Search : Mkt:

Axis & Allies War at Sea - HMS Ramillies

Please help keep TroveStar ad-free. Why?

Bad Item ID
General Type Ship
Unit Type Battleship
Cost 42
Set Battle Line
Manufacturer Forumini
Country United Kingdom (Details)
Available 1939
Set ID 19
Rarity X
Class Name Revenge
Armor 8
Vital 14
Hull Points 5
Speed 139.495
Primary 15/15/14/12
Secondary 7/6/5/5
Tertiary 4/4/3/-
AA 7/0/-/-
Special Ability Intimidation
Special Ability Extended Range 4
Bad Item ID Ecclesiastes


People who viewed this item also viewed: 26357, 10882, 10764, 10914, 10811

Class/Manufacturer History: The Revenge-class battleships (listed as Royal Sovereign class in several editions of Jane’s Fighting Ships, as with the 1919 and 1931 editions, and sometimes also known as the "R" class) were five battleships of the Royal Navy, ordered as World War I loomed, and launched in 1914–1916. There were originally to have been eight of the class, but two were later redesigned, becoming the Renown-class battlecruisers, while the other, which was to have been named HMS Resistance, was cancelled.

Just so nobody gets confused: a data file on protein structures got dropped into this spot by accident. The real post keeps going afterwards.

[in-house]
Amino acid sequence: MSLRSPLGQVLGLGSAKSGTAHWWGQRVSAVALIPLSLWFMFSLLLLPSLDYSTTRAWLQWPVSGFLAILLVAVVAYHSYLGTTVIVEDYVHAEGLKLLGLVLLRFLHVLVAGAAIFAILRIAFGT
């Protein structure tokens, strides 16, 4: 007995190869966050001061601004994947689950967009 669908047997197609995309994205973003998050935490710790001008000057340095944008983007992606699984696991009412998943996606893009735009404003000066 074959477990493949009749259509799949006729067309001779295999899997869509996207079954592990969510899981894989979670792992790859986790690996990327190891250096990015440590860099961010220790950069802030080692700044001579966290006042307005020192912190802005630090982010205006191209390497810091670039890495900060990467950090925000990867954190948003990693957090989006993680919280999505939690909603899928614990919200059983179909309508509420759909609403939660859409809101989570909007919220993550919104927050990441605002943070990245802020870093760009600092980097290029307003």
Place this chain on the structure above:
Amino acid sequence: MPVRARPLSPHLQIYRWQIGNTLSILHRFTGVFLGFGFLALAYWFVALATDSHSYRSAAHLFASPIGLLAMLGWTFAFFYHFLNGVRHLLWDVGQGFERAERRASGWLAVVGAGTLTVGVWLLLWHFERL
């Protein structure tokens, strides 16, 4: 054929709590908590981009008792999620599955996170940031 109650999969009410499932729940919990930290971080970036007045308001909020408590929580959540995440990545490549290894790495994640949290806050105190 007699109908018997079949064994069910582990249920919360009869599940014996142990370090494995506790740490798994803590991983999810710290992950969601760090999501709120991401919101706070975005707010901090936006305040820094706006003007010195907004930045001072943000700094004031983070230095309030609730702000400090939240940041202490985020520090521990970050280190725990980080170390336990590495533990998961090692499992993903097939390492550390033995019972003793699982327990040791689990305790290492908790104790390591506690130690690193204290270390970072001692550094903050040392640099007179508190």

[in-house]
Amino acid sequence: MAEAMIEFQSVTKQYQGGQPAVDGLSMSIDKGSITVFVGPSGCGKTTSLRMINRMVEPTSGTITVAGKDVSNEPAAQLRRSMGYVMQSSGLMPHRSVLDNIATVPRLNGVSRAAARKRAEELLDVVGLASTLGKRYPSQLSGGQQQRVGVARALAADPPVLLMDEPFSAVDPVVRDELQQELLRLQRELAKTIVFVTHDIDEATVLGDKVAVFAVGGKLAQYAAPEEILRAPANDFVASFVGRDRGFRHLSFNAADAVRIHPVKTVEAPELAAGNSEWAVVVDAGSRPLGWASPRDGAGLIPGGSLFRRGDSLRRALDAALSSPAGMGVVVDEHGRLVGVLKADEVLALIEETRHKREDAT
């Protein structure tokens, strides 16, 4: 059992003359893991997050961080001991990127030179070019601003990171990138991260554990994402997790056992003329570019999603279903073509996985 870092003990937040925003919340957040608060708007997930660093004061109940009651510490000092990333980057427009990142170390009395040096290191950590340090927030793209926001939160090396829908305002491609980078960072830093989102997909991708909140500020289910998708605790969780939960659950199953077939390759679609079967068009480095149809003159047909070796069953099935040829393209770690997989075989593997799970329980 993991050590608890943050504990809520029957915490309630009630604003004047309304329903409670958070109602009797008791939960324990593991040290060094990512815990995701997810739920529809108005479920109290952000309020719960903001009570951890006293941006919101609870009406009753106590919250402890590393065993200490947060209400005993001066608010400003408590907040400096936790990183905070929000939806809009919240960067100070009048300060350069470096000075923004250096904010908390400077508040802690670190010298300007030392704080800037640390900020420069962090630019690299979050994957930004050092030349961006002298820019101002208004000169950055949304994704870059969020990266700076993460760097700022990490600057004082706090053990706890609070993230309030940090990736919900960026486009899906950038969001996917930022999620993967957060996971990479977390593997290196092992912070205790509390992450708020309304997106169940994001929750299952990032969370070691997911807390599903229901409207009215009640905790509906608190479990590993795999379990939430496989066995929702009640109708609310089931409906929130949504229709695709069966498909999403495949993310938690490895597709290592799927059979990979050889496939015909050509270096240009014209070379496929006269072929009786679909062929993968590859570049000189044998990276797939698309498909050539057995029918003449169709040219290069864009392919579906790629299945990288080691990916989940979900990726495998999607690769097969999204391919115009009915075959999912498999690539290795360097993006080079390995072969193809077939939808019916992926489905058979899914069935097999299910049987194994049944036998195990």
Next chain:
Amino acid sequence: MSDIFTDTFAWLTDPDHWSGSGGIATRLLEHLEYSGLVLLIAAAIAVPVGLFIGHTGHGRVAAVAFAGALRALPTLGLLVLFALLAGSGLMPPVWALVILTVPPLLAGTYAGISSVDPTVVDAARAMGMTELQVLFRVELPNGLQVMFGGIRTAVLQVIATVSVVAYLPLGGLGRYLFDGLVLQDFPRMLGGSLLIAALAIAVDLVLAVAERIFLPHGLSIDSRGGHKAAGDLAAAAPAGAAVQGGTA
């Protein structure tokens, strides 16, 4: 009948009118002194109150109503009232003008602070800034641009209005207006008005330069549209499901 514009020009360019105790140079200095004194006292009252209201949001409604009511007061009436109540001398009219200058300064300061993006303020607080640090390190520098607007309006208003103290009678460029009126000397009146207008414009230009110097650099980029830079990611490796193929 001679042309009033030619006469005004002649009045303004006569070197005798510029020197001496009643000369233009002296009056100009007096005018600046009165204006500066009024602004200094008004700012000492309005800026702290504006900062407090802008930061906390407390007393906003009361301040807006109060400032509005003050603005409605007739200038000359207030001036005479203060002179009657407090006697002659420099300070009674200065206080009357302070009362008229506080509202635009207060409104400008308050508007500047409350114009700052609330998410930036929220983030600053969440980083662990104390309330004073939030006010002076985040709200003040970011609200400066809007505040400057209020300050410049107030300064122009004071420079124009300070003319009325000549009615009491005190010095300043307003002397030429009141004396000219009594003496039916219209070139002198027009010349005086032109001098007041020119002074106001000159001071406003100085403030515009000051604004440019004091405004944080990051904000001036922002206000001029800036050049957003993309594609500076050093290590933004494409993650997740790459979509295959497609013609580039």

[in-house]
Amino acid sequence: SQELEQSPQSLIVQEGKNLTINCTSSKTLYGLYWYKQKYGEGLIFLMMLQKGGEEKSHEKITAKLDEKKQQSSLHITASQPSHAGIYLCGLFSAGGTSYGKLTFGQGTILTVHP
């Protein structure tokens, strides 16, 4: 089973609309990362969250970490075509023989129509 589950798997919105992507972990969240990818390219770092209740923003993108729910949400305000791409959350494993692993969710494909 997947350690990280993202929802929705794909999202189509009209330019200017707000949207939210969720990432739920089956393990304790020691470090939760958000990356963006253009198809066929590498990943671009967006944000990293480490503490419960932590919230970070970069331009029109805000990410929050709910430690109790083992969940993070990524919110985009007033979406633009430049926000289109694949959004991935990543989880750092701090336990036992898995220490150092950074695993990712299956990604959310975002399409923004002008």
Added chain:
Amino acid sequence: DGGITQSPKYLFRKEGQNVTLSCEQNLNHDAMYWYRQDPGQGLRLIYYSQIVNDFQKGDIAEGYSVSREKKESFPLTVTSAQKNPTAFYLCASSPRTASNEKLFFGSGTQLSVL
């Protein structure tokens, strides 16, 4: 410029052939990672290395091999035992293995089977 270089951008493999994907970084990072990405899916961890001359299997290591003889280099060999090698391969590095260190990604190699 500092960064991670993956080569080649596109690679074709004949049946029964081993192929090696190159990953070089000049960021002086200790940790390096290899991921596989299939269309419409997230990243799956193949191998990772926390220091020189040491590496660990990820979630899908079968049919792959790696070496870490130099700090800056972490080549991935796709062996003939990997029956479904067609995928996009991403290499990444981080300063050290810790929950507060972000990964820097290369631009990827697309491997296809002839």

The ships of the class were slower and smaller than the preceding Queen Elizabeth-class battleships. Despite sometimes being referred to as the "Royal Sovereign class", official documents from World War I clearly state that the class was known as the Revenge class;[citation needed] the confusion apparently even extended to the Grand Fleet‘s commander, Admiral of the Fleet Jellicoe, as they are mentioned in both fashions in his voluminous The Grand Fleet 1914–1916: Its Creation, Development and Work---as the Revenge class in some places as well as the Royal Sovereign class in others. The ships have also been referred to on occasion as the "R" class.

History:
The United Kingdom, made up of England, Scotland, Wales and Northern Ireland, is an island nation in northwestern Europe. England – birthplace of Shakespeare and The Beatles – is home to the capital, London, a globally influential centre of finance and culture. England is also site of Neolithic Stonehenge, Bath’s Roman spa and centuries-old universities at Oxford and Cambridge.


Item created by: Lethe on 2015-05-31 17:46:30

If you see errors or missing data in this entry, please feel free to log in and edit it. Anyone with a Gmail account can log in instantly.